Turning the kitchen industry around

The impact of Covid-19 and lockdown has been felt throughout South Africa, with manufacturing and construction having to take a serious relook at how they operate.  The kitchen industry sits split between many sectors all facing their own unique challenges as they fight to survive – manufacturing, construction, installation, design, sales and importing.

Level four facilitated the manufacturing sector to return to work but for most in the kitchen industry at a highly reduced capacity.  While the large-scale board manufacturers were relieved to be given permission to return to production their value chain was still under severe restrictions which meant their ability to trade to their full potential was limited.


Smaller producers, like kitchen manufacturers, were placed in a strange predicament.  While they could start manufacturing again – even at a reduced capacity – they could not install on site or meet with clients to design or sell their products.  This meant that many in the industry were slow to get back to work not wanting to put their staff at risk when a full kitchen design and installation was not possible. 

The opening up of the industry in level three was a vital lifeline for the kitchen industry.   The KSA worked hand in hand with key manufacturing members, the Manufacturing Circle, Forestry SA and the South Africa Furniture Initiative in lobbying Government to see this happen.  Originally work on commercial sites was planned for level three and on residential sites, only at level two.  Being able to get back to site to measure up and install meant that the industry could get back to work properly.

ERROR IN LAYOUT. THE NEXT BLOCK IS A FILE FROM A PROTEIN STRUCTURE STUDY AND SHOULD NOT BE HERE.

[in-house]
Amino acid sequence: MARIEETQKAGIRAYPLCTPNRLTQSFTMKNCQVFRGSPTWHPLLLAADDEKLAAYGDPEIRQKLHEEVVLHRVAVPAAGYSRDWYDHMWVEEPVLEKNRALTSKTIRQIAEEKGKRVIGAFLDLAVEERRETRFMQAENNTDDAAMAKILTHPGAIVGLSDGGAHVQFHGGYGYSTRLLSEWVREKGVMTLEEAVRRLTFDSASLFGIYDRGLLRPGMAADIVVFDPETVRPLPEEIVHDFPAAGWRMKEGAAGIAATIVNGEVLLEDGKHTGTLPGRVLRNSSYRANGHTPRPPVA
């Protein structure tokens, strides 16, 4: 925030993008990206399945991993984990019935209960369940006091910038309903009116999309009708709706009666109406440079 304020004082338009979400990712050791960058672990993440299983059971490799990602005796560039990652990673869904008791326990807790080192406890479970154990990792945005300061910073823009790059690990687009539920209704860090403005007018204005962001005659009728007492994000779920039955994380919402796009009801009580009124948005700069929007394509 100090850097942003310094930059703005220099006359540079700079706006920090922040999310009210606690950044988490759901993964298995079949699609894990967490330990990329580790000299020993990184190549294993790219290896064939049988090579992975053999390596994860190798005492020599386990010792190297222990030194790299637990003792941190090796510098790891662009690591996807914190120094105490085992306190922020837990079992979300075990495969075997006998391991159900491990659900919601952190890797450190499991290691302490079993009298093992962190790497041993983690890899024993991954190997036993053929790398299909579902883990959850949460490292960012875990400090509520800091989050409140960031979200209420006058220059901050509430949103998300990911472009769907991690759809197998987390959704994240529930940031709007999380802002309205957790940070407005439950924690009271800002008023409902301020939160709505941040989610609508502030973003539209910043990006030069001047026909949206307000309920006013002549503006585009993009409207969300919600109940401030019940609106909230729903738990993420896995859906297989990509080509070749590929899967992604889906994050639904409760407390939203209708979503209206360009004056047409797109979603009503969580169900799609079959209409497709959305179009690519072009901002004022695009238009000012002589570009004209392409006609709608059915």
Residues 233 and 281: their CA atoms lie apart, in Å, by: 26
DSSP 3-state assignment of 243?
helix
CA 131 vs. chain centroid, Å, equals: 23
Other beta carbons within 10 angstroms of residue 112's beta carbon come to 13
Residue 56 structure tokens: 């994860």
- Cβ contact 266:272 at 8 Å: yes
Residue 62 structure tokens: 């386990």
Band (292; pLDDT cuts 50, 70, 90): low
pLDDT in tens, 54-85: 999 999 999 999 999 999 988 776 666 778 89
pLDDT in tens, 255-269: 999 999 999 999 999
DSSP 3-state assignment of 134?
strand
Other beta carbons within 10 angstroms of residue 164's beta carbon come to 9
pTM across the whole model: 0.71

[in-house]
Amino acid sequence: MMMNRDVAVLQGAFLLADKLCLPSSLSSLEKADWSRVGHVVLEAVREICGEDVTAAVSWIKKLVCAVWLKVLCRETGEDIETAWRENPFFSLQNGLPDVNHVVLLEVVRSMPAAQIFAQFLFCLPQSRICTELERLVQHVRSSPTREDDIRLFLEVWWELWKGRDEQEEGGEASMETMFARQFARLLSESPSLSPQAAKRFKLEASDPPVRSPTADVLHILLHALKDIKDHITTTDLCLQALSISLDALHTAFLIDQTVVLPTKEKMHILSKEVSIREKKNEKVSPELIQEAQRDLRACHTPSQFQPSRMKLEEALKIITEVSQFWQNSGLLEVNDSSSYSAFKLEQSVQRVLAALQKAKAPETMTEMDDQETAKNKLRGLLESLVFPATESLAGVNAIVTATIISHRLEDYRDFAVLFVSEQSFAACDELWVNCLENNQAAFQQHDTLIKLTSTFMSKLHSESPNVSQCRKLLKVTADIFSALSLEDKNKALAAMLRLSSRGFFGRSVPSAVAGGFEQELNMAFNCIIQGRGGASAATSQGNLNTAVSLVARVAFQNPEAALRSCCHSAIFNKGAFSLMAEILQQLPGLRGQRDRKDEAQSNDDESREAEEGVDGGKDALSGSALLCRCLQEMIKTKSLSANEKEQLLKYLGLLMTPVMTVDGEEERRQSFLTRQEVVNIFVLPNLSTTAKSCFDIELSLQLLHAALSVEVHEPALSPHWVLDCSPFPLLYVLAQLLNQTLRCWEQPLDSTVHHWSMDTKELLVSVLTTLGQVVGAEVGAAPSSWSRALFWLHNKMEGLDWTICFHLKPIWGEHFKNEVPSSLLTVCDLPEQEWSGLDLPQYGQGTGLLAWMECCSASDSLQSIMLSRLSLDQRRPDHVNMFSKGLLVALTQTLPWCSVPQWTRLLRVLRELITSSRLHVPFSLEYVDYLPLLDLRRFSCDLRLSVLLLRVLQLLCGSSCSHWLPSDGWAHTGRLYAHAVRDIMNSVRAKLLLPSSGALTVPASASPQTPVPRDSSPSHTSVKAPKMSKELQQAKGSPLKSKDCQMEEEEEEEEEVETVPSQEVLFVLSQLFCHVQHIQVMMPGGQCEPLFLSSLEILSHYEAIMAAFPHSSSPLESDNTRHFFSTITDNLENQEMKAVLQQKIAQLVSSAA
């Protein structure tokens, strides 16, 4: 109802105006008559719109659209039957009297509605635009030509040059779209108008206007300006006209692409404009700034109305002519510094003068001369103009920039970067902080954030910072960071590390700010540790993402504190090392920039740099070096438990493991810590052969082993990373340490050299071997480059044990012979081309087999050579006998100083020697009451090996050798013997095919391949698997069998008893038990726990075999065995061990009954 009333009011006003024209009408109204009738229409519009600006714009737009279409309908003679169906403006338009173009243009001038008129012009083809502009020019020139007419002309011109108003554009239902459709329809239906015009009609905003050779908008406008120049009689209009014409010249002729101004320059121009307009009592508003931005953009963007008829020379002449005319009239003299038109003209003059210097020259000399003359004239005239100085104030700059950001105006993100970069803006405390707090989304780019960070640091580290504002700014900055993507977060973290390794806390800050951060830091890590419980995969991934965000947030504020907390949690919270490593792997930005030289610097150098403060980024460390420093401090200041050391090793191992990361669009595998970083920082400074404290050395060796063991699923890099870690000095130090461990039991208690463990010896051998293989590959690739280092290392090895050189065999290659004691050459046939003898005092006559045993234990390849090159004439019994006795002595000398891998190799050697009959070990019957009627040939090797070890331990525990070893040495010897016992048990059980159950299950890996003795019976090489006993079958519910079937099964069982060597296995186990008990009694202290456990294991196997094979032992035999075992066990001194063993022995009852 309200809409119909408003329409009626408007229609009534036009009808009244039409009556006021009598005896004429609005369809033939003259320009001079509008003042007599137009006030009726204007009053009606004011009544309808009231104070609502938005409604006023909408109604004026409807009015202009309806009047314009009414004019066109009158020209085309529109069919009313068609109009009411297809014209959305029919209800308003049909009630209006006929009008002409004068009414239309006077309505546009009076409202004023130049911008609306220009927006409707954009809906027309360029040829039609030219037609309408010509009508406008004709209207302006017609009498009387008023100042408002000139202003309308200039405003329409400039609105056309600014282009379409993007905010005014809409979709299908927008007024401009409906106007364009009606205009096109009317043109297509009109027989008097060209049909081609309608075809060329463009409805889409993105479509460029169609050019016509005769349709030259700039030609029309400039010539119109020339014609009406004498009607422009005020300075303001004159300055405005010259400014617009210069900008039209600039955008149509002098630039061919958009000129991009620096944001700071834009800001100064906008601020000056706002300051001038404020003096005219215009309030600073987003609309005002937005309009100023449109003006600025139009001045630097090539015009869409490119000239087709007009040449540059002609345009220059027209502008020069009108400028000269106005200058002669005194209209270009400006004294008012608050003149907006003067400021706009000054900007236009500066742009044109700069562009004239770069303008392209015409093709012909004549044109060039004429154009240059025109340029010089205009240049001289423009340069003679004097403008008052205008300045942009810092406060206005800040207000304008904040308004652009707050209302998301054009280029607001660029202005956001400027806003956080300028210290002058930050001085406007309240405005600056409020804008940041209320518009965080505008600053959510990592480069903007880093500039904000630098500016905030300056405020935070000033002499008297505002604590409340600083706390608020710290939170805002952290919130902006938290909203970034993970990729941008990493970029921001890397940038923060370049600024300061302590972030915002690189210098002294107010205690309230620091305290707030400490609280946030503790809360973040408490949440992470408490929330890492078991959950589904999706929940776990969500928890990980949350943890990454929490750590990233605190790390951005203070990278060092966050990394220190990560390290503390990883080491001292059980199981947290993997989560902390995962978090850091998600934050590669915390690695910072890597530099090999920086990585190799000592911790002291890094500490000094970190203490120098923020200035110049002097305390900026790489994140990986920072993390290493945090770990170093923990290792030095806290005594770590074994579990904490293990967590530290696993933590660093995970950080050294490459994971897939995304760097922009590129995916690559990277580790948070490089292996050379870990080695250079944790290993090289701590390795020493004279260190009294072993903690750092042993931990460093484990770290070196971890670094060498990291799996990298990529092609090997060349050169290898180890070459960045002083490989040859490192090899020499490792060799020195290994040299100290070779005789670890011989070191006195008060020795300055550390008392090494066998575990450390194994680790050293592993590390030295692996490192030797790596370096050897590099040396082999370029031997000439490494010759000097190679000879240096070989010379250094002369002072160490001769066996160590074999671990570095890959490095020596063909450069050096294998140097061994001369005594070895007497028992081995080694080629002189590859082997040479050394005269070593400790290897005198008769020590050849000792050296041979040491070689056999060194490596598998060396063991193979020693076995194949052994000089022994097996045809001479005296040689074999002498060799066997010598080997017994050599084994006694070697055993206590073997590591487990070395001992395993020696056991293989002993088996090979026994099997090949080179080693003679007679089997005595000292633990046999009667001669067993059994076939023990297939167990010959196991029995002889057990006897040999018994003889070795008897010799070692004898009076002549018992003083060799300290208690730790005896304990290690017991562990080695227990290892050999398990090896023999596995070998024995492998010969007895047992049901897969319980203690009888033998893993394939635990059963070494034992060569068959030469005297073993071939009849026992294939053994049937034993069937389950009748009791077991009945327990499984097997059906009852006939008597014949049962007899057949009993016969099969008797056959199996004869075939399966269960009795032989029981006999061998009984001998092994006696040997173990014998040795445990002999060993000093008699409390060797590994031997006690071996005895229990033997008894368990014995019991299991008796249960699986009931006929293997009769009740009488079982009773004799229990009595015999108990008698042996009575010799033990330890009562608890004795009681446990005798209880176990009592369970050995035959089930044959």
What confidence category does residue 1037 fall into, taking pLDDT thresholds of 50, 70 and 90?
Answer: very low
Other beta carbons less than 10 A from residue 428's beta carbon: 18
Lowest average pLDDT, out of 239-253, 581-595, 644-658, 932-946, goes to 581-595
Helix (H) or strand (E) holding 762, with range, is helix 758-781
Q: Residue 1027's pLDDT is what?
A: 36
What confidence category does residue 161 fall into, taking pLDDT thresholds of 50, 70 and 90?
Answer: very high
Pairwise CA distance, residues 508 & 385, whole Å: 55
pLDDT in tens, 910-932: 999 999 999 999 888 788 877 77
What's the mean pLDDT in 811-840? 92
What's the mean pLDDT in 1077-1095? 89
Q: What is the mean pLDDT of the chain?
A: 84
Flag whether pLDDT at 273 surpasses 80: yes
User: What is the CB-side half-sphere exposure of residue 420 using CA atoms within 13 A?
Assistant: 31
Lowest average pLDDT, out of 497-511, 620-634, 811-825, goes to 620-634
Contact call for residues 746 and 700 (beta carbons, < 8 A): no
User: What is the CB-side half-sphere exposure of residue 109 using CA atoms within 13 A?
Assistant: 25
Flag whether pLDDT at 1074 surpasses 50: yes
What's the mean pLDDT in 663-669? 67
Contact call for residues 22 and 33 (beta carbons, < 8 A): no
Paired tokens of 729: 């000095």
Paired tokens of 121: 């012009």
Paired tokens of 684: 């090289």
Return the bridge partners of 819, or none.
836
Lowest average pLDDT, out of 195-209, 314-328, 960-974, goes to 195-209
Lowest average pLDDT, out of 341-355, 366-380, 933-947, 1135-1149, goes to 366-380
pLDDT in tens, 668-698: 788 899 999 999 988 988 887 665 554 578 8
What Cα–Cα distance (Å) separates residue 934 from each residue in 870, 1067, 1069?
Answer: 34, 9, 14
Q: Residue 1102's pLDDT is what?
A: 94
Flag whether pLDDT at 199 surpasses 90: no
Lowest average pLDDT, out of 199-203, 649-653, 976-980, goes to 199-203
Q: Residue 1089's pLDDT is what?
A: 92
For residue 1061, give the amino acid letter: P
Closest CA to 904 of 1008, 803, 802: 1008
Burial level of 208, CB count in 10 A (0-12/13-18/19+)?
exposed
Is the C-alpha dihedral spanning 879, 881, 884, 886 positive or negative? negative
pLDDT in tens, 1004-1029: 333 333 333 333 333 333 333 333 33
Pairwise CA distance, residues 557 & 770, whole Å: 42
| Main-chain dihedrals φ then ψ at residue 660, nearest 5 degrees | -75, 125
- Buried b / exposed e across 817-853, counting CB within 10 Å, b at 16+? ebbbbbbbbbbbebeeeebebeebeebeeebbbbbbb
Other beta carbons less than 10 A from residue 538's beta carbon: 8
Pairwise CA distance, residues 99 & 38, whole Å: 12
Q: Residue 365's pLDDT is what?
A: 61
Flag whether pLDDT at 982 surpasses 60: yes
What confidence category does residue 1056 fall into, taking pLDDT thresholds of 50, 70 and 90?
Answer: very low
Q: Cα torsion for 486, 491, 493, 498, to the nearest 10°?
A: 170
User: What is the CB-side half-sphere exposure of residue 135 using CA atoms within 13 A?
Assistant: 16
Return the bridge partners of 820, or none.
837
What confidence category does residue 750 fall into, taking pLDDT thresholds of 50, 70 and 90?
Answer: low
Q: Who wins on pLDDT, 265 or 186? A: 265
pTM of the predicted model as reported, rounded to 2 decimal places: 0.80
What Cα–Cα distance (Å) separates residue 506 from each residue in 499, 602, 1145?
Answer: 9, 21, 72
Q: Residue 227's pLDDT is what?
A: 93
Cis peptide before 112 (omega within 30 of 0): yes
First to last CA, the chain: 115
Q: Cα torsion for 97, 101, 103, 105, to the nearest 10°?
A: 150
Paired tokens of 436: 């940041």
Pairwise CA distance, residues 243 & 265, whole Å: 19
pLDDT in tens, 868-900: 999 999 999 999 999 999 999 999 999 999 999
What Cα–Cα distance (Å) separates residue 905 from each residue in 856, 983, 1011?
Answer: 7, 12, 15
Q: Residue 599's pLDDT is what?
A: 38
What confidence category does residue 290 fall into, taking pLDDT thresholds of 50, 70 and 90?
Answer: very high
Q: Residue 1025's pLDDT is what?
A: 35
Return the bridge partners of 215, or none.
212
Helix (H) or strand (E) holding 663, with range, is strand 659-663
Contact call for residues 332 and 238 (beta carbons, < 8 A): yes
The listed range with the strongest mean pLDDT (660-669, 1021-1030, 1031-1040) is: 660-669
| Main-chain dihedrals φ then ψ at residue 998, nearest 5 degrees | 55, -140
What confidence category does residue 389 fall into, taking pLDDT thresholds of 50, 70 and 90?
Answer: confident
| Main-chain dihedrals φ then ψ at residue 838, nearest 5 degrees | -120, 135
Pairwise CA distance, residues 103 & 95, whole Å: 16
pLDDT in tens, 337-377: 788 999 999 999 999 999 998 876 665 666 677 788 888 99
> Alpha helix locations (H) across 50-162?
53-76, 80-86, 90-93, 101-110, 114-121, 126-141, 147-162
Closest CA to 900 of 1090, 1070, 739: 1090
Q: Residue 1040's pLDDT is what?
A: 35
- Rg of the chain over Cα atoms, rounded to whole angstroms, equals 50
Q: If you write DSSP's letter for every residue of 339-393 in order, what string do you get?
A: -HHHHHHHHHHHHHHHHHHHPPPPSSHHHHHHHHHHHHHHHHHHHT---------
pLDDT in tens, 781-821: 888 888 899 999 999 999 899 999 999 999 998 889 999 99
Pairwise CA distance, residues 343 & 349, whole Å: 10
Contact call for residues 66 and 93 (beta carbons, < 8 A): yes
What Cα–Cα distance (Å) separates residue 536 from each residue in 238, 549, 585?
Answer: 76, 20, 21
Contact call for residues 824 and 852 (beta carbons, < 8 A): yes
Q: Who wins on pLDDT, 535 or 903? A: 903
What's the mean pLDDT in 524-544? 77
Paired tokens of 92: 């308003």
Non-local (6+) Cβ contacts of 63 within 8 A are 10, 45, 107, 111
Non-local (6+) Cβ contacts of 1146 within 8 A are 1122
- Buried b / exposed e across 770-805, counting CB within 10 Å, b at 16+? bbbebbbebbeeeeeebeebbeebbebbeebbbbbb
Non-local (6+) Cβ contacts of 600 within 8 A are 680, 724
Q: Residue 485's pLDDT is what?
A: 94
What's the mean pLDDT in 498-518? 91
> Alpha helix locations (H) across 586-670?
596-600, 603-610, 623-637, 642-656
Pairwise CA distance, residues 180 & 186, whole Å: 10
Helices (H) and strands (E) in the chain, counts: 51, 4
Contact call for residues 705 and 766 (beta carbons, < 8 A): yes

Returning to work in a pandemic has come with numerous new challenges for the kitchen industry.  Compliance with health and safety has been paramount.  The safety of both staff and customers is a vital part of instilling confidence in a homeowner to allow contractors on site.  A kitchen usually takes up to four weeks for installation.  The industry has had to accommodate supply chain issues as well as their own challenges of manufacturing and installations delays due to infections within the industry which has extended these timelines. 


While lockdown facilitated a time at home for consumers to revaluate their spaces and realise the need for upgrades and new ‘at home’ work spaces it also created a nervousness about having people working in your home.  Kitchen manufacturers have had to take this into consideration in their marketing and their dealings with existing and potential customers.  Allaying these fears and assuring consumers that the company is taking COVID-19 prevention measure seriously has had to be a key message.  The peak of infections has made this more pertinent than ever. 

The initial access to work has been fairly good with the industry managing to complete contract and residential work signed up before lockdown.  Getting new work has been more challenging.  New builds have slowed drastically and where consumers were planning for a new residential kitchen they are now considering a ‘make over’ rather than a full renovation.  Shopfitting has been particularly hard hit with KSA members that work in that field finding new jobs almost impossible to find.  All of these pressures shaping the new normal has forced the industry to stating to think  outside the box.